The sources speak of a multifaceted strategy involving a number of factors, including external interference. Since withdrawing from Mogadishu in Aug. 2011, Al Shabaab fighters have lost other key towns in the face of a military offensive by TFG forces aided by AMISOM peacekeepers and troops from neighboring countries.

Somali President Hassan Sheikh Mohamud
“Islamist elements associated with President Hassan [Sheikh Mohamud] are pursuing a policy of negotiating with Al Shabaab group, as Al Shabaab has been severely weakened in recent months and is in a desperate position,” said the sources.

The sources described a group known as ‘Damul Jadid’ (“new blood” in Arabic) as a breakaway faction of Al Islah Islamist group. Al-Islah is the Somali branch of the Muslim Brotherhood.

In 2006, when Ethiopian troops backed by the West intervened in south-central Somalia and captured Mogadishu, Damul Jadid broke away from the moderate Al-Islah group and joined the Islamic Courts Union (ICU) insurgency against TFG forces aided by Ethiopian troops.

Officials close to President Hassan have told Somali journalists that the new president is “not a member” of Islamist groups, but indicated that the president “has friends” among Islamist community.

The sources in Mogadishu say 'Damul Jadid' elements, who helped to fund President Hassan’s election campaign with contributions from Qatar, are pursuing negotiations with Al Shabaab insurgents. Previously, Qatar government officials issued public remarks indicating political support for talks between the Somali government and Al Shabaab.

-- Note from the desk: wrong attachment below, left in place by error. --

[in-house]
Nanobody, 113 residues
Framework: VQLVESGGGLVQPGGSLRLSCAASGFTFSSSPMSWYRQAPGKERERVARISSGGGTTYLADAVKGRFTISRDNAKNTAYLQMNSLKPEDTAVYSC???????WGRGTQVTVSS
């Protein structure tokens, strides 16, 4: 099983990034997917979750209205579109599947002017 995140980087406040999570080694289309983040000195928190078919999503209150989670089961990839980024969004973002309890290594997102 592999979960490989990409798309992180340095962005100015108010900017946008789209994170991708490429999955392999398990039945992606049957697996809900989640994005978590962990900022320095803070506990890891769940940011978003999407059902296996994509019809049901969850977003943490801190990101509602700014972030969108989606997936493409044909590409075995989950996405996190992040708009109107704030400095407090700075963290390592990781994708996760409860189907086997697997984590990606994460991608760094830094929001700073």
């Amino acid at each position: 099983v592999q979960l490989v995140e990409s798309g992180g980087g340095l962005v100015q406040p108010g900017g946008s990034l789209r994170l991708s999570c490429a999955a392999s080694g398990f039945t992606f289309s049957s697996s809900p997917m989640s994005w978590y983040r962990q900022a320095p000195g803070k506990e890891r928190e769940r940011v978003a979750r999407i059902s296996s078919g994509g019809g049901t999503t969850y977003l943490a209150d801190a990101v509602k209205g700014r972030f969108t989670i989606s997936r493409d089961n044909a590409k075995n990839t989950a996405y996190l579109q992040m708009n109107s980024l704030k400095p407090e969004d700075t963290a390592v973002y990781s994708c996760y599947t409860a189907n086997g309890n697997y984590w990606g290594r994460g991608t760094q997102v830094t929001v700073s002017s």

Many countries, including the U.S. and Ethiopia, oppose negotiations with Al Shabaab group, which is affiliated with Al Qaeda and responsible for relentless bombings, assassinations, and other terrorist attacks in Somalia.

However, the sources say there are efforts to incorporate Al Shabaab’s rank and file into the Somali security forces based in Mogadishu.

Last week, Hizbul Islam armed group announced it has withdrawn its allegiance from Al Shabaab, less than two weeks after President Hassan's election. READ: Hizbul Islam withdraws allegiance, says ‘Al Shabaab is weakened’

The sources raised concerns about the series of seemingly inter-connected developments in Mogadishu. The plan is for Al Shabaab fighters to “re-brand” themselves as Hizbul Islam members, according to our sources.

“Hizbul Islam would enter into negotiations with the Somali government with the ultimate outcome of a peace deal that would pave the way for Al Shabaab fighters to join and indeed infiltrate the national security forces, which have been trained over recent years with considerable Western funding and technical assistance, through the AMISOM mission in Mogadishu,” said one well-informed source.

Al Shabaab is blacklisted as an international terrorist group in Western countries and its members and affiliates are prosecuted.

It is not clear how advanced this strategy is or what role other external powers such as the U.S. government will play in this critical matter, but Al Shabaab extremist group has repeatedly rejected any negotiations with the Somali government.

“Even if there were negotiations, to what extent can the Somali government and the people trust Al Shabaab agents, and secondly, what impact will the incorporation of Al Shabaab fighters have on the psyche and rebuilding of the national forces?” asked one source.